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REST – Epic Semantic Fail

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REST – Epic Semantic Fail

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Roy Fielding writes a PhD dissertation describing the architectural style of the World Wide Web. He coins the term ‘Representational State Transfer’ (REST) to describe it – after all, if you’re going to talk about something, you need to give it a name. Somehow, in a semantic shift of epic fail proportions, the term REST has also come to mean something completely different to most people, a ‘style’ of writing web services. This style has no agreed protocol.

The result? The internet is ablaze with an out of control REST flame war. It seems that many people think there’s a REST protocol when in fact there’s no such thing. Looking for a protocol in Roy Fielding’s dissertation will get you nowhere because it’s an academic paper describing an architectural style, there’s no protocol to be had. The only contribution Mr Fielding makes to the debate is to tell almost anyone who describes their API as RESTful, that it is not.

Writing RESTful web services, in practice – in the real world – means that you are on your own. You have to write your own protocol (probably implicitly, because you don’t even realise that’s what you’re doing). Now the whole thing about a protocol – TCP/IP, HTTP, SMTP, SOAP – is that everyone agrees on a set of (reasonably) unambiguous rules for communication. These can then be coded into libraries, toolkits, servers, what have you, and my Linux web server written in PHP can communicate with your .NET client running on Windows because the TCP/IP, HTTP and HTML specs are unambiguous enough to ensure that if you follow them stuff will work. If you write your own protocol and nobody else adopts it, it’s not very useful. If I want to write a client to communicate with your REST API I’m in a world of pain; there’s no serviceutil I can point at your API to generate me a proxy, instead I have to carefully read your documentation (if it exists) and then lovingly handcraft my client using low level HTTP API calls.

Now don’t get me wrong, I think a web service protocol based on a RESTful architectural style would be a wonderful thing, but let’s not kid ourselves that such a thing exists.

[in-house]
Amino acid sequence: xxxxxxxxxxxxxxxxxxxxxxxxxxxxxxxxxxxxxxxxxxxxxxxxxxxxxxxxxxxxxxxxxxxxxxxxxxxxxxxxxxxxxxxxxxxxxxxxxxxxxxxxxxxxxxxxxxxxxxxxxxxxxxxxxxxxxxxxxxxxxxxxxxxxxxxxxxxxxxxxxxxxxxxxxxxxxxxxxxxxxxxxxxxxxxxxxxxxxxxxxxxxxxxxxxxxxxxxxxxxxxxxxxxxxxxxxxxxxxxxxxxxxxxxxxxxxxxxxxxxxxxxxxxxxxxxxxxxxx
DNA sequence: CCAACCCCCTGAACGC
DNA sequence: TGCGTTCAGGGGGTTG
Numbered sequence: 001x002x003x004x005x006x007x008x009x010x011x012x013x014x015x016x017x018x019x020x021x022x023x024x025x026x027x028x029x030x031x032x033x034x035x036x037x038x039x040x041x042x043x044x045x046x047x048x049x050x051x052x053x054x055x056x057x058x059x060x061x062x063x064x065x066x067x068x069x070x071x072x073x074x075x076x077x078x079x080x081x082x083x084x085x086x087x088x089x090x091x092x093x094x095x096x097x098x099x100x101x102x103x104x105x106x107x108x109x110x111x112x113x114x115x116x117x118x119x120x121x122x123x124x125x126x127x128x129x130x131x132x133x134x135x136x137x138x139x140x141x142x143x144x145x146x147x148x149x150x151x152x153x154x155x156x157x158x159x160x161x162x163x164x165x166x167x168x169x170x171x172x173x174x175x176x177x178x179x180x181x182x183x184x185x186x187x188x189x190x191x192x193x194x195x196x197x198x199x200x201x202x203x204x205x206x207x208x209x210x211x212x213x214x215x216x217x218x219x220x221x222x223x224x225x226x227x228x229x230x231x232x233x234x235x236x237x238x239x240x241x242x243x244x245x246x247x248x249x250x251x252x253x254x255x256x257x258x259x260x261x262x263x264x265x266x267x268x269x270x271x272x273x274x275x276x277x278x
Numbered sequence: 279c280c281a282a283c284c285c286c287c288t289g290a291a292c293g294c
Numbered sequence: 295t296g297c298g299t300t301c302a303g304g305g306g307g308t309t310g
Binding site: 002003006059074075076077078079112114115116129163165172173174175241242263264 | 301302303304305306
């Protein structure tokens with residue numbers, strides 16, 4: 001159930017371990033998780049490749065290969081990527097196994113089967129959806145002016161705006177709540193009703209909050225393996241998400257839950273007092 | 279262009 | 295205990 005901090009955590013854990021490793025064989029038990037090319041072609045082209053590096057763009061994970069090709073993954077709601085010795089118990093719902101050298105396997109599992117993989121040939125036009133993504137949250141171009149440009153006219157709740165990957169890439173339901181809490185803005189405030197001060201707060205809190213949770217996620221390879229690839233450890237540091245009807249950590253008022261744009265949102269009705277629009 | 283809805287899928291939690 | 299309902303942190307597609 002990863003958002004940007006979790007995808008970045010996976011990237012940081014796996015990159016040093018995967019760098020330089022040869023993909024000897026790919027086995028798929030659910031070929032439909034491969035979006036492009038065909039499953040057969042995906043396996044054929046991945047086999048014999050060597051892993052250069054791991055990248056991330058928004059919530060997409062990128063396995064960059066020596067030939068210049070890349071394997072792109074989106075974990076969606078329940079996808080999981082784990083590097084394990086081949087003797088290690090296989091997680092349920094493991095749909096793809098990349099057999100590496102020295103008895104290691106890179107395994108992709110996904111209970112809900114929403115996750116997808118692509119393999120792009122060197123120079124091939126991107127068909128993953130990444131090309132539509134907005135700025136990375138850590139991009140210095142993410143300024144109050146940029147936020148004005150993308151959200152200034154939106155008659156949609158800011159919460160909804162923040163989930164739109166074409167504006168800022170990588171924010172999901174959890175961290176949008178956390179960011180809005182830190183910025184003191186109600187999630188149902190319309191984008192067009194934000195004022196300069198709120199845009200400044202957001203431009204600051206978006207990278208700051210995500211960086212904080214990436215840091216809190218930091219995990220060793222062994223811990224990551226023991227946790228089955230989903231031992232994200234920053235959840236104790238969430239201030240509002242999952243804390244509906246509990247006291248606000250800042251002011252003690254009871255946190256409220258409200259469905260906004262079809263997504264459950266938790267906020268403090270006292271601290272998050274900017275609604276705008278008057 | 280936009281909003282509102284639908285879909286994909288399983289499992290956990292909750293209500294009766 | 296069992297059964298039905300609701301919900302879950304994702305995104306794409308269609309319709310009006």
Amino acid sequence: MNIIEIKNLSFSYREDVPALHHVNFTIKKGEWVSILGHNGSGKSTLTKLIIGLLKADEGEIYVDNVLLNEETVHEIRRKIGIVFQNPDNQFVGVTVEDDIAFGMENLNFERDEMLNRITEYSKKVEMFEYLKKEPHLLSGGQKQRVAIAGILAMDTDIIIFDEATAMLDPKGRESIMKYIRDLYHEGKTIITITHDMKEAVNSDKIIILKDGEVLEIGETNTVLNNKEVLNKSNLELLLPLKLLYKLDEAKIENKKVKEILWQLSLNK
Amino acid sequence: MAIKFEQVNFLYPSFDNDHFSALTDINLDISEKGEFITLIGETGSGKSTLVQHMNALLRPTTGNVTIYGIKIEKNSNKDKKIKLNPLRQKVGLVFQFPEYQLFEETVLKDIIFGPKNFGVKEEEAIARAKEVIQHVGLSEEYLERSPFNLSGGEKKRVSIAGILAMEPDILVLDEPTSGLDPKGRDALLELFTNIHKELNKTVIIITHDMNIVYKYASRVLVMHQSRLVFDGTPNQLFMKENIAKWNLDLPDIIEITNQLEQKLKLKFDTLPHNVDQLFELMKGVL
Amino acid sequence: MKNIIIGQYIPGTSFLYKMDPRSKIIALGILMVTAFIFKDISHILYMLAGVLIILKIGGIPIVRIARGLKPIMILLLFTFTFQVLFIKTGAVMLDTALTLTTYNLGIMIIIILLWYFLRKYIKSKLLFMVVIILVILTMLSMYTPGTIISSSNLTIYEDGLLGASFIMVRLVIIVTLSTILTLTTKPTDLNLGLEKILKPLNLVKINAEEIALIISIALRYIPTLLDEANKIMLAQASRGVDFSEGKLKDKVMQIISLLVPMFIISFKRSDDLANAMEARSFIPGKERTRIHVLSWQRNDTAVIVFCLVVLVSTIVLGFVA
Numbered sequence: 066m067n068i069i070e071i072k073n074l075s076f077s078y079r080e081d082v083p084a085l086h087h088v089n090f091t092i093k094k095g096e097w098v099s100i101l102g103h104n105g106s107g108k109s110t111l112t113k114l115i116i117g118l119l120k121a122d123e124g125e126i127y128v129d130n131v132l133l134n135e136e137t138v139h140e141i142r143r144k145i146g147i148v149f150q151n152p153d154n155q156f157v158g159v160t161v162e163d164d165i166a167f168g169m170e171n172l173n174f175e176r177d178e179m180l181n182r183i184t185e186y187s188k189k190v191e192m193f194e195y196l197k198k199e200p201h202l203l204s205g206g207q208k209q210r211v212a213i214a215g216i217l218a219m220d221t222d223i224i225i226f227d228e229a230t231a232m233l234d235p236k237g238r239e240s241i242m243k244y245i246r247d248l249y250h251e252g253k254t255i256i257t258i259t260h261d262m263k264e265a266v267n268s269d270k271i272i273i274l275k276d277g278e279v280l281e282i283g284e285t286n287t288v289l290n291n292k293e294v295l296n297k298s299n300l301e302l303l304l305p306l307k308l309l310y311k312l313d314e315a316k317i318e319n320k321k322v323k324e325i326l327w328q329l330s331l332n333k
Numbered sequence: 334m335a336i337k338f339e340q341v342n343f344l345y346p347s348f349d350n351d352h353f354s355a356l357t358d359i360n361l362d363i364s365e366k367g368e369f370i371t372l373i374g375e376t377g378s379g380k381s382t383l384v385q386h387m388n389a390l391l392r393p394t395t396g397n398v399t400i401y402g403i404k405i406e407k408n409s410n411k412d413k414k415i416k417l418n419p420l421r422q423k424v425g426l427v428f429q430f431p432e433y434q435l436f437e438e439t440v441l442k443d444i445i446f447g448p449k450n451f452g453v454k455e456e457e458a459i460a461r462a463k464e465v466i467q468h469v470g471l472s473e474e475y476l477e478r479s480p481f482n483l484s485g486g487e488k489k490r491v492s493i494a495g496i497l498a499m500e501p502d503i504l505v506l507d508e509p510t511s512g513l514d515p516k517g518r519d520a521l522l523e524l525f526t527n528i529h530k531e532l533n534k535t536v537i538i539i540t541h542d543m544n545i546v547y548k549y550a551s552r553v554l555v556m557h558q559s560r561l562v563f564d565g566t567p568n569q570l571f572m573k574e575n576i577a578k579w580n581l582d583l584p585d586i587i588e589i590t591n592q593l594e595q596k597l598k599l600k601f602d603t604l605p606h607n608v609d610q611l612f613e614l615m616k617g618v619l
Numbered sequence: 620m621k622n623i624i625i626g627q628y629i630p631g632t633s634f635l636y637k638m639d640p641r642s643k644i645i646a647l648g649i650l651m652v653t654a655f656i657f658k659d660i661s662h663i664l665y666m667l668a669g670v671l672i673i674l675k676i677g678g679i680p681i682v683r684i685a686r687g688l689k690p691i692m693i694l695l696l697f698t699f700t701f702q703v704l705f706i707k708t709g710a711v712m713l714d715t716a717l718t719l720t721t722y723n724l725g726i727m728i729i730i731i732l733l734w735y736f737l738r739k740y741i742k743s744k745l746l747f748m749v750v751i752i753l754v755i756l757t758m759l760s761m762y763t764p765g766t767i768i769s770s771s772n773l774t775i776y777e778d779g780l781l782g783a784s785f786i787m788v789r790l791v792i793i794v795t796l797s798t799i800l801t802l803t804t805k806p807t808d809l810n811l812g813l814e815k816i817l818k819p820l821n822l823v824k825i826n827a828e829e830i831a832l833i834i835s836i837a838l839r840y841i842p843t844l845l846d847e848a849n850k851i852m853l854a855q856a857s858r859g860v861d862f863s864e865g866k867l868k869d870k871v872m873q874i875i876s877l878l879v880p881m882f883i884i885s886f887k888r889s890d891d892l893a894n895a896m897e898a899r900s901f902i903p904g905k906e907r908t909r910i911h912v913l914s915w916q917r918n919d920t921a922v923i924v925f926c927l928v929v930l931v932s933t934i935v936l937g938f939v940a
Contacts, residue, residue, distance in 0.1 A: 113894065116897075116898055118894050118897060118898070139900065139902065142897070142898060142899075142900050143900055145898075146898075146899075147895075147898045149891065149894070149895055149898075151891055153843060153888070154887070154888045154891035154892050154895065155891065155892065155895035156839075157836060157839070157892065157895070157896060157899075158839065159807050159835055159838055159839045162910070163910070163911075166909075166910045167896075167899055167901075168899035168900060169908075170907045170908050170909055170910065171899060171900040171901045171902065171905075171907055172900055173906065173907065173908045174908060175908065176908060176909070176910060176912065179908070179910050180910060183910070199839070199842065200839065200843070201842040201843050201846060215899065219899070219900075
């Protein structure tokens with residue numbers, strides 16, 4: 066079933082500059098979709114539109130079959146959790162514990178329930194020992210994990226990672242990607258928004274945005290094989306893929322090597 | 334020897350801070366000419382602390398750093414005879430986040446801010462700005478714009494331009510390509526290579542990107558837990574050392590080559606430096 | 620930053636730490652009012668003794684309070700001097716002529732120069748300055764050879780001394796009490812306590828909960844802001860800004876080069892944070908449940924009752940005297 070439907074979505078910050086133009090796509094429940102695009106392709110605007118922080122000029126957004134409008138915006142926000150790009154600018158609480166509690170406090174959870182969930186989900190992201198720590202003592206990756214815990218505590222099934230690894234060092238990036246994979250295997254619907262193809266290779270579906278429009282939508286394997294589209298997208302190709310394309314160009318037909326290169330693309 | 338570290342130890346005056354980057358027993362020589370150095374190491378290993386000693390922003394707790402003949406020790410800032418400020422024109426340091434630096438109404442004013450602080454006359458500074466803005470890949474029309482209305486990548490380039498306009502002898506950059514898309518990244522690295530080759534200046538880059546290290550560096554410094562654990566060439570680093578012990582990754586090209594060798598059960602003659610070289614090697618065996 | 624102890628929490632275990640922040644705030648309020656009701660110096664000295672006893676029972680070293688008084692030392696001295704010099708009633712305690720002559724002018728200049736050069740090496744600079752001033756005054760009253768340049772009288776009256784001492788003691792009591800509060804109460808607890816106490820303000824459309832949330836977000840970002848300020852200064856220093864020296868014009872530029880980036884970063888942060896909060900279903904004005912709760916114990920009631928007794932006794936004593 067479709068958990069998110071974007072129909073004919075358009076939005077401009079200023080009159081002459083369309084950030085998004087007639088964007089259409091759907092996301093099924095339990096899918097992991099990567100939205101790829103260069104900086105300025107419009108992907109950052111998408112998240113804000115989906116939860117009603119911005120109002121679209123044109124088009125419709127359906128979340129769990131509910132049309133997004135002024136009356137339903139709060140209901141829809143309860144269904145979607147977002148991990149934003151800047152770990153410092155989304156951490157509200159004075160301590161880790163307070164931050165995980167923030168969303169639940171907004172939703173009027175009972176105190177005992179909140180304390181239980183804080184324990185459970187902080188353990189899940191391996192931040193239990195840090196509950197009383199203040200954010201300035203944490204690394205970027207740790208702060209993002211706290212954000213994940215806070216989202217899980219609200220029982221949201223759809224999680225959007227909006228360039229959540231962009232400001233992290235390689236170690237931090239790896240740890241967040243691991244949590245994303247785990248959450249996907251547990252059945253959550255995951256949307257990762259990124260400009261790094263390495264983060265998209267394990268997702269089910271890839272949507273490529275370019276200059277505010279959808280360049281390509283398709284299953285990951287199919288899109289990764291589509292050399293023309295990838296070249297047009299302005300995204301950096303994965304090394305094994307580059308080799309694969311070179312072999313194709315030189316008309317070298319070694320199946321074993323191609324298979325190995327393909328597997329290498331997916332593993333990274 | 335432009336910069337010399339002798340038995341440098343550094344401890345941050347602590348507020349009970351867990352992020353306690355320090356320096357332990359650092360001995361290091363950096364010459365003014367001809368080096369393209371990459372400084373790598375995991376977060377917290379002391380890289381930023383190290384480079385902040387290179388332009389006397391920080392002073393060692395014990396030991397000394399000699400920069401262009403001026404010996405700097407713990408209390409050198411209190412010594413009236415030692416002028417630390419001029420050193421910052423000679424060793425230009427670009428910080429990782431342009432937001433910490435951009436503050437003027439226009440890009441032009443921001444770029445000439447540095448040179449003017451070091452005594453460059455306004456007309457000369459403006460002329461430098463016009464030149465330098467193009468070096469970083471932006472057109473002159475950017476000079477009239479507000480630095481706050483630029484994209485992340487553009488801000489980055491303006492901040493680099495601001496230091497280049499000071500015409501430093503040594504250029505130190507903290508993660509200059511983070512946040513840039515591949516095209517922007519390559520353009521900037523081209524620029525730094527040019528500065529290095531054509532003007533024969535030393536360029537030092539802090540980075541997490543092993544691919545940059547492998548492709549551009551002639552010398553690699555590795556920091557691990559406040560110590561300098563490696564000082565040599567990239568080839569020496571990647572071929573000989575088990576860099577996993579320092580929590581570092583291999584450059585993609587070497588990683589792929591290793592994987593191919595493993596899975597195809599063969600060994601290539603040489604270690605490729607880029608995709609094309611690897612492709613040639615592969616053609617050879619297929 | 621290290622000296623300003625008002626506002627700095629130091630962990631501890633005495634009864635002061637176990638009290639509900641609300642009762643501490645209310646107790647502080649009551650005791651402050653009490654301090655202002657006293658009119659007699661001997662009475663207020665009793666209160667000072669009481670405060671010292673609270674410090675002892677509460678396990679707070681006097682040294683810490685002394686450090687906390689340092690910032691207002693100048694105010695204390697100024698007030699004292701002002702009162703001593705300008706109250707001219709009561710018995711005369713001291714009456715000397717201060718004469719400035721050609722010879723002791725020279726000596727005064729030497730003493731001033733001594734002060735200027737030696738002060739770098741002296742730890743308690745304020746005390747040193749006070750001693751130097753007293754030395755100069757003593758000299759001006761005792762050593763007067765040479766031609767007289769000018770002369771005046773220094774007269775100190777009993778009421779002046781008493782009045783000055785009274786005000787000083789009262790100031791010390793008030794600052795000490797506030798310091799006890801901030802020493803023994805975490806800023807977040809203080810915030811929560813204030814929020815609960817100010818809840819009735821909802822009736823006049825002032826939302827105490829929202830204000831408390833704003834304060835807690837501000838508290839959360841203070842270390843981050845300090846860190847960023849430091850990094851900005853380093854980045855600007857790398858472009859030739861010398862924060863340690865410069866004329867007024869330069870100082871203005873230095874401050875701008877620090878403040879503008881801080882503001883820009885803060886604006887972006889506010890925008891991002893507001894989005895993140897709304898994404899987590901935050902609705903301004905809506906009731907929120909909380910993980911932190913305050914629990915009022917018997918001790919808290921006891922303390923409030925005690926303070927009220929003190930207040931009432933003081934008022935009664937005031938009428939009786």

Show me the metadata.

The core missing pieces of any RESTful web service protocol are agreed standards on media type and link metadata. Everyone seems to agree that the Content-Type header should describe the structure and purpose of the resource, but currently it’s up for grabs how you might navigate from a media type description (like ‘application/vnb.sutekishop.customer+json’) to a machine readable schema definition for the customer – should it be XSD? JSON schema? . The same goes for hyperlinks. Although there’s an established HTML standard (the A tag), how links should be encoded in an XML or JSON representation is up to the individual API author. Similarly although there seems to be agreement that the link metadata should live at URI described by the ‘rel’ attribute, what that metadata should look like is also undefined.

Sure there are some valiant attempts to come up with a protocol – I quite liked HAL, and the HAL browser is an interesting take on how RIA UIs might be purely metadata driven at runtime – these are all still just proposals.

I think we’ll know when we have an established RESTful web service protocol, or protocols. It will be when we stop using the term ‘REST’ to describe what we are doing. When we’re writing SOAP based services we call them just that. “I’m writing a SOAP web service.” Not, “I’m writing ‘XML based RPC tunnelled over HTTP’”, which of course could be open to interpretation about exactly how we’re doing it. When we have an established protocol, ‘REST’ will be retuned to its rightful place, and the only people who will use the term will be software architecture academics like Mr Fielding.

Evolution works for me

So far the tone of this rant has been somewhat negative, It seems like I’ve been rubbishing the whole ‘REST’ project. Actually I think the current situation is healthy. Monolithic ‘enterprise’ protocols like SOAP usually end up being a bad idea. The internet is a soup of small layered protocols, each one simple in itself, but that work together to make a much larger whole. The debate around REST has reminded us that much of the infrastructure to create hugely scalable services already exists. If the community can build on this, and fill in the missing pieces, preferably with small protocols that solve each problem individually, then I think we will arrive at a much better place. My reason for writing this piece is simply a warning to the unwary, regular ‘Morts’ like myself, that when someone says, “Mike, can you write us a REST API?” to be aware that the rule book has not yet been written and that you will be making much of it up as you go along.

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